Drug traffickers’ Euro millions

Bulgarian investigative journalism site, Bivol has shed light on incriminating facts concerning the two Loyal-clients and the organized crime group they are connected to. The connections of Mila Georgieva, of her accomplice Oleg Popov, and the criminal organizations linked to them range from former and current employees of Bulgaria’s National Security Agency (DANS) to current to Customs and Prosecution circles – thanks to which, Bivol claims, they could operate mostly undisturbed for years. Georgieva and other accomplices were arrested by Bulgarian authorities in 2015 after their Turkish drugs trafficking operation went askew.

The Romanian Anti-Corruption Prosecutor’s Office also got Georgieva and Co in their sights for suspicion of money laundering and a 2012 public procurement fraud that caused tens of millions of Euros damage to the Romanian state.

In the Romanian prosecutors’ official records, the beneficiary to the disappeared funds is Power Industrial, a Hong Kong-based company with a name almost identical with the also Hong Kong-based Sun Power Industrial, the company Átlátszó uncovered to be client of Loyal Bank and linked to the Bozhilovs.

Bivol editor Atanas Tchobanov told Átlátszó that the site looked into all companies involved when writing the article, however they did not find a Hong Kong-based Power Industrial operating in 2012 – there was only a certain Sun Power Industrial, exactly as in Loyal Bank records.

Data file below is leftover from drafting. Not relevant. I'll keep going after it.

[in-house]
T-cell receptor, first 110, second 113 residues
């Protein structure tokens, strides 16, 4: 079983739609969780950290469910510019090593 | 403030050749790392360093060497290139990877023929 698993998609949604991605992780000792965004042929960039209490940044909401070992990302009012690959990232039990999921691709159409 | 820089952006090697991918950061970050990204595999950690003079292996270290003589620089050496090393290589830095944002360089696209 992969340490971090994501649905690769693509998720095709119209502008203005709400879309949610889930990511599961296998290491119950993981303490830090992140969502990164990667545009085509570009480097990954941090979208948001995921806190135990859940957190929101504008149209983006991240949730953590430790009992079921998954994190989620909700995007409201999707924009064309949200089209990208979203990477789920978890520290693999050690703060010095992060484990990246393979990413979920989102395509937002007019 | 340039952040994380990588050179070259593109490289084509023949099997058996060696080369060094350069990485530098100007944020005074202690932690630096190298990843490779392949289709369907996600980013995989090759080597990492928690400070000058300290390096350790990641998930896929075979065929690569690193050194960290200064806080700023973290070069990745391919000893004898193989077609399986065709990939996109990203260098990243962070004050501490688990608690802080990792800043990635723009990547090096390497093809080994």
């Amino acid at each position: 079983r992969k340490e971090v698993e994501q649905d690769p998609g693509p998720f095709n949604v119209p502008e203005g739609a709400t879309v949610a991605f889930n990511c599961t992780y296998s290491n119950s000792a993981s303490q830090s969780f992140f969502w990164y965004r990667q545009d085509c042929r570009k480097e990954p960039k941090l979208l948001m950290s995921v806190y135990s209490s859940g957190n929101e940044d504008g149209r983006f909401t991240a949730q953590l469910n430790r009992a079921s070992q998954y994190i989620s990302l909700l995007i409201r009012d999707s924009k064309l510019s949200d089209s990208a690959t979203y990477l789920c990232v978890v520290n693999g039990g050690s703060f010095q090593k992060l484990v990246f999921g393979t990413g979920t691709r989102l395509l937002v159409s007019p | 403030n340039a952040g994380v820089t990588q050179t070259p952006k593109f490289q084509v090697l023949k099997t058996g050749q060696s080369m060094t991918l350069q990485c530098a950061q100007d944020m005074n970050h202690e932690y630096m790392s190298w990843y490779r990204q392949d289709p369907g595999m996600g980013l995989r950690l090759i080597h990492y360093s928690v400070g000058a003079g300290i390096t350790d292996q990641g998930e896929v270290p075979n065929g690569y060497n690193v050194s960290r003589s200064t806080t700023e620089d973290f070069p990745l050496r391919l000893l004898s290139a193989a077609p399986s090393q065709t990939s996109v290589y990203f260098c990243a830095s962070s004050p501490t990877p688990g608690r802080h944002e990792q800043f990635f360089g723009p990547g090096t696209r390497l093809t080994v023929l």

Sun Power Industrial is owned by Orsha Ltd., a Turkish Cypriot company that is owned in turn by local attorney, Orestis Shambartas – on paper, at least. His name is also mentioned in Bivol’s series: a certain VM Corporation represented by Shambartas won the Romanian tender for supplying foodstuff to the poor. The money was transferred, but the supplies have never been delivered; the company’s ownership was transferred to a homeless Bulgarian man. According to the Romanian Anti-Corruption Prosecutor’s Office, the Romanian state subsequently suffered a damage of 26 million Euros.

The Euro millions of VM Corporation were soon forwarded from the company’s account at Bank of Cyprus, with one of the endpoints being the Hong Kong company mentioned As Power Industrial in the prosecutor’s records. The bank transfers were initiated by VM Corporation’s attorney, Orestis Shambartas – or at least that is what the bank employees told Bivol when faced with a power of attorney signed by the homeless VM owner.